There is no other case of one continuous intelligent institution that has been thinking about thinking for two thousand years. Its experience naturally covers nearly all experiences; and especially nearly all errors. The result is a map in which all the blind alleys and bad roads are clearly marked, all the ways that have been shown to be worthless by the best of all evidence: the evidence of those who have gone down them. … But [the Church] does definitely take the responsibility of marking certain roads as leading nowhere or leading to destruction, to a blank wall, or a sheer precipice. By this means, it does prevent men from wasting their time or losing their lives upon paths that have been found futile or disastrous again and again in the past, but which might otherwise entrap travelers again and again in the future. The Church does make herself responsible for warning her people against these; and upon these the real issue of the case depends. She does dogmatically defend humanity from its worst foes, those hoary and horrible and devouring monsters of the old mistakes … Now there is no other corporate mind in the world that is thus on the watch to prevent minds from going wrong. The policeman comes too late when he tries to prevent men from going wrong. The doctor comes too late, for he only comes to lock up a madman, not to advise a sane man on how not to go mad … Every moment increases for us the moral necessity for such an immortal mind. We must have something that will hold the four corners of the world still …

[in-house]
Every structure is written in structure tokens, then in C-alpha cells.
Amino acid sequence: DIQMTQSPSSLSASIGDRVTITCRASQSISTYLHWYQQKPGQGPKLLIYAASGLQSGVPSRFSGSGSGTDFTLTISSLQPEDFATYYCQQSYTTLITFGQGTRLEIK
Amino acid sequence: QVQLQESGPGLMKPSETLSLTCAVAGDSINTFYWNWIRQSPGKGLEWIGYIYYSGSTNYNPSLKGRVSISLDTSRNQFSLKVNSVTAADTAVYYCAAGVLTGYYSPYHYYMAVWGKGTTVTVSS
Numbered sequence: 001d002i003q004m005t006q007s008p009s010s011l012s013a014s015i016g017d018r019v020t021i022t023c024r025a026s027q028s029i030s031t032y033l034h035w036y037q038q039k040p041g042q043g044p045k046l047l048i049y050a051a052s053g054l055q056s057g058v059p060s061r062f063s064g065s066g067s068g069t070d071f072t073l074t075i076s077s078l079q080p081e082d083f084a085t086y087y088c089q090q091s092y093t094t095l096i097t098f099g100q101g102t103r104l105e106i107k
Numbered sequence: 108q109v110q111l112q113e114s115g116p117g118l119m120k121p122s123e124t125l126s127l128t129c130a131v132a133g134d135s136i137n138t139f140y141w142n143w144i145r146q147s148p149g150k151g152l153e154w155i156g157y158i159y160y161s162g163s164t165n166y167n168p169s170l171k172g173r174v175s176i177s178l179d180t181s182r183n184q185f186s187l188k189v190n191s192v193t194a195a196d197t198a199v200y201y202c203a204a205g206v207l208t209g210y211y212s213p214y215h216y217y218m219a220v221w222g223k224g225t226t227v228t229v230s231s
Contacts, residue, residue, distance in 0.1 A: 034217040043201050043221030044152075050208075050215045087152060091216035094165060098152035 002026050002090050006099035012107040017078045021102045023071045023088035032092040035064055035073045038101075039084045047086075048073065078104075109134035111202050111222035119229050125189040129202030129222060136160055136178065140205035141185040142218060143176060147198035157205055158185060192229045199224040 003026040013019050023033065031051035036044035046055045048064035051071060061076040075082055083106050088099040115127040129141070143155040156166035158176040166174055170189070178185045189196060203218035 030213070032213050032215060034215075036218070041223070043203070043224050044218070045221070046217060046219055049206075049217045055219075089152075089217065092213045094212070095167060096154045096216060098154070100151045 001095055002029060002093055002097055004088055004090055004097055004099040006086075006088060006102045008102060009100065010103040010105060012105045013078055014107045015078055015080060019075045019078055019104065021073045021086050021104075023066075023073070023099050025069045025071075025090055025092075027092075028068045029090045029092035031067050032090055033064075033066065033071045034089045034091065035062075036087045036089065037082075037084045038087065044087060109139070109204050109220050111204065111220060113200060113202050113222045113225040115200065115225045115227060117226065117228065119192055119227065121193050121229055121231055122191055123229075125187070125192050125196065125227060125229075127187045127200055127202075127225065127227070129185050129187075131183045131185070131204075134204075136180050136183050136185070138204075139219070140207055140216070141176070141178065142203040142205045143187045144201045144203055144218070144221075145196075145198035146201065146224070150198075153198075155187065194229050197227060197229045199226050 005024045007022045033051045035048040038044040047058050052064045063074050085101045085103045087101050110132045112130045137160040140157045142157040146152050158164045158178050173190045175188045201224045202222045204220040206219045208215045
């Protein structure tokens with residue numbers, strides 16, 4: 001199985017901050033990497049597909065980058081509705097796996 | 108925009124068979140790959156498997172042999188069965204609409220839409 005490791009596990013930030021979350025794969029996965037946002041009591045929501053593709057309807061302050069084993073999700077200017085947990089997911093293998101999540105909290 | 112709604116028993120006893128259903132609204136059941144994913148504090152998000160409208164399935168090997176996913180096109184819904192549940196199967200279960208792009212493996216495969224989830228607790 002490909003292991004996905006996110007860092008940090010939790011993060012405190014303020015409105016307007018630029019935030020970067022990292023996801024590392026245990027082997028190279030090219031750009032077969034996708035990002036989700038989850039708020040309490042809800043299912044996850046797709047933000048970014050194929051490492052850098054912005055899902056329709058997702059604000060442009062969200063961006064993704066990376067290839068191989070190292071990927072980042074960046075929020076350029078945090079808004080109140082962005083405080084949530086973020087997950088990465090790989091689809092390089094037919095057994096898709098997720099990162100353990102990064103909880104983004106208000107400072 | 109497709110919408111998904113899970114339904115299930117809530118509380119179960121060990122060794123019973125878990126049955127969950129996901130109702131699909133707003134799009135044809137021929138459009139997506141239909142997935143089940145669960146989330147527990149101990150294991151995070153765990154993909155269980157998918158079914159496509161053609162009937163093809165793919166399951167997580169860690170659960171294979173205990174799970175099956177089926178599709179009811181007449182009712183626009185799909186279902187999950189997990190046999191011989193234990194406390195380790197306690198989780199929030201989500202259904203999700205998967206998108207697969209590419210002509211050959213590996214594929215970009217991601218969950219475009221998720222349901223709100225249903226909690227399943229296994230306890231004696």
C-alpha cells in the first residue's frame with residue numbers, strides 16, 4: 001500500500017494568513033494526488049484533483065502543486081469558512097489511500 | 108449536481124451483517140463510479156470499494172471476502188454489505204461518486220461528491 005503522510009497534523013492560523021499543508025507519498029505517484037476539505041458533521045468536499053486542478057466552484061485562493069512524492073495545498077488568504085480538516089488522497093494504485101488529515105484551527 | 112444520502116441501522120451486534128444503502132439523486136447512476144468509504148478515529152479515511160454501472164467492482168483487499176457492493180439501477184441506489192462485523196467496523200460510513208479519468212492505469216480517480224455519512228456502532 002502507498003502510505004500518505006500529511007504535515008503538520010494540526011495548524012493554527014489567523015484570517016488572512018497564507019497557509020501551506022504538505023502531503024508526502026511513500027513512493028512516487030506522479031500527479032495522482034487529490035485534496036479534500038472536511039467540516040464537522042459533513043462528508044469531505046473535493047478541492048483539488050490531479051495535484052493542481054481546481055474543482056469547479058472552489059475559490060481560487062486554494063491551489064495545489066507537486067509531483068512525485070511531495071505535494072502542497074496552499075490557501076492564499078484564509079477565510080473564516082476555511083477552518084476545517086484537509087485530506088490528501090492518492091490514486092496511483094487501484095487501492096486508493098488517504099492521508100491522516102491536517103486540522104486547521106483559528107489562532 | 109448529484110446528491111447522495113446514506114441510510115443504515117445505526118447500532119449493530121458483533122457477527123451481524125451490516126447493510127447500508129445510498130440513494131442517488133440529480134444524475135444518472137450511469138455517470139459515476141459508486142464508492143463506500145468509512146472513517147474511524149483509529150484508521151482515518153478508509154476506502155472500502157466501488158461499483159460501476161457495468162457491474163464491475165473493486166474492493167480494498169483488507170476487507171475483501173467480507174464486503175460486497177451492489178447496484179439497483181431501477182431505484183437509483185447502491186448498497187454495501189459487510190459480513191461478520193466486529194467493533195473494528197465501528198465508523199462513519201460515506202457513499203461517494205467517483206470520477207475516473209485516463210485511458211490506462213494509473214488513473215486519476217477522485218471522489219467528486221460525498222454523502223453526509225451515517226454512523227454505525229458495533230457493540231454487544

G. K. Chesterton found that “something”: The enduring truth, the exhilarating goodness and the ineffable beauty of the Catholic Church. And he found it by being fair to it.
What a novel idea.
To read Why I Am a Catholic in full, please visit this link to the American Chesterton Society.
TodWorneris a husband, father, Catholic convert and practicing internal medicine physician. He blogs for Patheos asA Catholic Thinker.